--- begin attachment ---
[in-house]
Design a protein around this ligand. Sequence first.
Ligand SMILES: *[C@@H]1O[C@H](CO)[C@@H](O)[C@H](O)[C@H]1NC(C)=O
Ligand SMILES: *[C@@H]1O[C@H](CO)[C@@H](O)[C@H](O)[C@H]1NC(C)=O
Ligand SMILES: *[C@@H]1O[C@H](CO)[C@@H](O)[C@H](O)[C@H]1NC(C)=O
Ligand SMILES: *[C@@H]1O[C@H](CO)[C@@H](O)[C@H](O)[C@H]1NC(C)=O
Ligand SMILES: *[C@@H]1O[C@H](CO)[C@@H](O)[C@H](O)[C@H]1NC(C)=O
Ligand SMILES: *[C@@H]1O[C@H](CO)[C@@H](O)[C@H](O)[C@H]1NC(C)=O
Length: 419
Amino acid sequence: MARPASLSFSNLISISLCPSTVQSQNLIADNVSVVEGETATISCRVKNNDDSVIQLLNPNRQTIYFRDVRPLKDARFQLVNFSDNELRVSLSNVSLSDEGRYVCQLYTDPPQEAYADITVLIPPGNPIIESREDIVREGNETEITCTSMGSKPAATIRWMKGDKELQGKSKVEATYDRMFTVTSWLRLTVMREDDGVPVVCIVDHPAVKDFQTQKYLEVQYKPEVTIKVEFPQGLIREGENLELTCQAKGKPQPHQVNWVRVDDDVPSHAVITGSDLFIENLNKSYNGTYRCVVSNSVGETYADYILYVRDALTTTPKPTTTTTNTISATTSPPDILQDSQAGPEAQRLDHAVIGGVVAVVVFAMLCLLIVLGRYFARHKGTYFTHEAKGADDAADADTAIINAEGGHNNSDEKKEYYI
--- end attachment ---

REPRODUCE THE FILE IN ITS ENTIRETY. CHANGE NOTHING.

[in-house]
Design a protein around this ligand. Sequence first.
Ligand SMILES: *[C@@H]1O[C@H](CO)[C@@H](O)[C@H](O)[C@H]1NC(C)=O
Ligand SMILES: *[C@@H]1O[C@H](CO)[C@@H](O)[C@H](O)[C@H]1NC(C)=O
Ligand SMILES: *[C@@H]1O[C@H](CO)[C@@H](O)[C@H](O)[C@H]1NC(C)=O
Ligand SMILES: *[C@@H]1O[C@H](CO)[C@@H](O)[C@H](O)[C@H]1NC(C)=O
Ligand SMILES: *[C@@H]1O[C@H](CO)[C@@H](O)[C@H](O)[C@H]1NC(C)=O
Ligand SMILES: *[C@@H]1O[C@H](CO)[C@@H](O)[C@H](O)[C@H]1NC(C)=O
Length: 419
Amino acid sequence: MARPASLSFSNLISISLCPSTVQSQNLIADNVSVVEGETATISCRVKNNDDSVIQLLNPNRQTIYFRDVRPLKDARFQLVNFSDNELRVSLSNVSLSDEGRYVCQLYTDPPQEAYADITVLIPPGNPIIESREDIVREGNETEITCTSMGSKPAATIRWMKGDKELQGKSKVEATYDRMFTVTSWLRLTVMREDDGVPVVCIVDHPAVKDFQTQKYLEVQYKPEVTIKVEFPQGLIREGENLELTCQAKGKPQPHQVNWVRVDDDVPSHAVITGSDLFIENLNKSYNGTYRCVVSNSVGETYADYILYVRDALTTTPKPTTTTTNTISATTSPPDILQDSQAGPEAQRLDHAVIGGVVAVVVFAMLCLLIVLGRYFARHKGTYFTHEAKGADDAADADTAIINAEGGHNNSDEKKEYYI